The Kansas State Legislature has shelved a bill that sought to regulate cryptocurrency donations in political campaigns until 2024. The legislation, known as House Bill 2167 (HB 2167), was introduced this past January to cap all political donations in cryptocurrency at $100 for any primary or general election in the state.
The bill also mandated that politicians promptly convert cryptocurrency donations to US dollars, prohibiting using such funds as a long-term campaign asset.
Political Crypto Donations Bill Put on Pause
This move comes amid a heated debate on the transparency and legitimacy of political donations made in cryptocurrency, particularly following the scandalous collapse of the FTX exchange.
HB 2167 was referred to the House Committee on Elections shortly after its introduction. A committee report shared on February 22, 2023, recommended the bill’s passage with certain amendments. However, the bill was later removed from the legislative calendar due to non-compliance with the state’s Rule 1507. This particular rule imposes strict deadlines on certain bills.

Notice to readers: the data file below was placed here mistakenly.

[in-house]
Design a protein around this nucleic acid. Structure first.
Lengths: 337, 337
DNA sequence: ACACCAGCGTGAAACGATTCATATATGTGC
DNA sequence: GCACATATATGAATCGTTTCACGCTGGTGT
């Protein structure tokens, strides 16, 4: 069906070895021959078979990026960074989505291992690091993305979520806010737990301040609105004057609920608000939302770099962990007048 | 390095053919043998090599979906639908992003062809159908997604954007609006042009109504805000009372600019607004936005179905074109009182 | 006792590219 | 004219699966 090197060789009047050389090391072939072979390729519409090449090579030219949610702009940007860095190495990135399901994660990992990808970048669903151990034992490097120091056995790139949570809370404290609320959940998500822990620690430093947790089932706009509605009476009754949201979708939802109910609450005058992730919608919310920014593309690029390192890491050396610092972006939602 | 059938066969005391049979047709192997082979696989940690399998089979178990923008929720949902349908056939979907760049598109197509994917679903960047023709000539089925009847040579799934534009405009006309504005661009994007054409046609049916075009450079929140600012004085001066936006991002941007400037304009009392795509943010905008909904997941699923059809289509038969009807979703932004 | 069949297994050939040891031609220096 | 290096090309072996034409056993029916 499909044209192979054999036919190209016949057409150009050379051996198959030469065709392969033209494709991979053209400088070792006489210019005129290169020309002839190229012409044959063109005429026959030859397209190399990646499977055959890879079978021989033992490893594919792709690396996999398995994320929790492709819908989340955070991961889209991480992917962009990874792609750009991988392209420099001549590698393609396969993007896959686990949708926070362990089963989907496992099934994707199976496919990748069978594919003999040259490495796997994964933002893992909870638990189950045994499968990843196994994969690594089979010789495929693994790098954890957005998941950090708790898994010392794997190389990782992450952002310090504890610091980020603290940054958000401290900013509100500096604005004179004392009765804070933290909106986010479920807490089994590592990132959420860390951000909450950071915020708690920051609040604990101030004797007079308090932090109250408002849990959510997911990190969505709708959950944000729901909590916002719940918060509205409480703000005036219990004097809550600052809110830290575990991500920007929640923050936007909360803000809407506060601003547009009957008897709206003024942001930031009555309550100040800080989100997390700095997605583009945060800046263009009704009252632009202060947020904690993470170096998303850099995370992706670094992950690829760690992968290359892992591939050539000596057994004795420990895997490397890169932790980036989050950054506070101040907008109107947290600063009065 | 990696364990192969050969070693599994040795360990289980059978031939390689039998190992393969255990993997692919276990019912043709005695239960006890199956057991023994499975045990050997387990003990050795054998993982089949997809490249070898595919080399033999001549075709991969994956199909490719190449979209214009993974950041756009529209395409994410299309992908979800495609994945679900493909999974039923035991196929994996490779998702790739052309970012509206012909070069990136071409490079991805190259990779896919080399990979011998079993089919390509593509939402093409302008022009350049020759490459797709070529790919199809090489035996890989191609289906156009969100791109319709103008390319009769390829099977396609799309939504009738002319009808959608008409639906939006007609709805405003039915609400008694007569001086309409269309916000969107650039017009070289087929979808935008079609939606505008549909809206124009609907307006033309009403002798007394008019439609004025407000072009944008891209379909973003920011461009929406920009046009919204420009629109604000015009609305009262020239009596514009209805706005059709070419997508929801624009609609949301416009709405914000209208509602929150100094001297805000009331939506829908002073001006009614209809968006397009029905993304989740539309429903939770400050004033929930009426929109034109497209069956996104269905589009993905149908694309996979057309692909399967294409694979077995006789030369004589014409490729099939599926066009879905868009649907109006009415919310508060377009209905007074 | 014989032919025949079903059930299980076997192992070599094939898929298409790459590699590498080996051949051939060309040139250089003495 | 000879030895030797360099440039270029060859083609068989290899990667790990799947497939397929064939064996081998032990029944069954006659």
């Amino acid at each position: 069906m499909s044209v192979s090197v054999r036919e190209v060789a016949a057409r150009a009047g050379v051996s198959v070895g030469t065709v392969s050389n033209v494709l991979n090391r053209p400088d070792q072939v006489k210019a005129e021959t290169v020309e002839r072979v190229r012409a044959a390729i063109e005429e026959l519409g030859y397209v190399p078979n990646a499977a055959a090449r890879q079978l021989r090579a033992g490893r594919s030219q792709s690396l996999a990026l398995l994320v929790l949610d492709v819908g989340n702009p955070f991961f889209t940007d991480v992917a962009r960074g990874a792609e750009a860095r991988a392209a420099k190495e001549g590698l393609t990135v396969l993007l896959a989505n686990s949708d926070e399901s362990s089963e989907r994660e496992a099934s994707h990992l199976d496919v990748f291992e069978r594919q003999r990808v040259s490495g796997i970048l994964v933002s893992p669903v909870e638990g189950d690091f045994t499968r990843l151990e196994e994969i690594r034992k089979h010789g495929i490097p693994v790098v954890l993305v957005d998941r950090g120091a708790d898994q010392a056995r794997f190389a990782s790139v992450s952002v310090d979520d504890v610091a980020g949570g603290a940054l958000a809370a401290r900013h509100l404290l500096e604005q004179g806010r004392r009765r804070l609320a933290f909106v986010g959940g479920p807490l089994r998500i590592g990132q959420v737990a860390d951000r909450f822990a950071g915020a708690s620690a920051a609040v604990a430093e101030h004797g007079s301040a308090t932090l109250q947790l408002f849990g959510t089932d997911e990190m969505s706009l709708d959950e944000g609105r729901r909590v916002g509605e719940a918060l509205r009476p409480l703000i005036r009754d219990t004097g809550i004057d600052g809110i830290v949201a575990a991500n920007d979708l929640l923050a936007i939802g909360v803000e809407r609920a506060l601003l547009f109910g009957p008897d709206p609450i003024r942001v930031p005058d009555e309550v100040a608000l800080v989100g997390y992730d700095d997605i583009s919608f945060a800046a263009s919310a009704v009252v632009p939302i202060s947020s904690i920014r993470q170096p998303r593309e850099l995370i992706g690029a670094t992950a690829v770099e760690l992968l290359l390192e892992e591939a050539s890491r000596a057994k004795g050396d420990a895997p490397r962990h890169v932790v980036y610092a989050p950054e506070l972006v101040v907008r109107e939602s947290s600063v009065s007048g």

The Kansas Governmental Ethics Commission expressed concerns in 2017 that cryptocurrency contributions were “too secretive.”
This sentiment echoed the stance of Californian authorities. They initially banned crypto political donations in 2018, only to reverse their decision in July 2022.
Read more: How To Donate Crypto Using The Giving Block
A Contentious History
The use of cryptocurrency for political donations has been a contentious issue. This has been especially true after the FTX exchange’s bankruptcy and the subsequent legal troubles of its founder, Sam Bankman-Fried.
Bankman-Fried, who pleaded not guilty to charges of fraud, money laundering, and other crimes related to the collapse of FTX, was one of the most significant political donors in the United States. His substantial financial contributions were primarily directed toward Democratic candidates.
Ryan Salame, a former executive at FTX, also came under the FBI’s scrutiny. Reportedly, Salame’s lawyer provided information on campaign finance activity to prosecutors before they conducted a search on his Maryland home.
David Primo, a political science professor at the University of Rochester, spoke on the situation:
“Nobody ends up looking great in this. FTX was so broad-based in their giving.”
As regulators and lawmakers grapple with the challenges posed by digital assets, the future of crypto donations in political campaigns remains uncertain.
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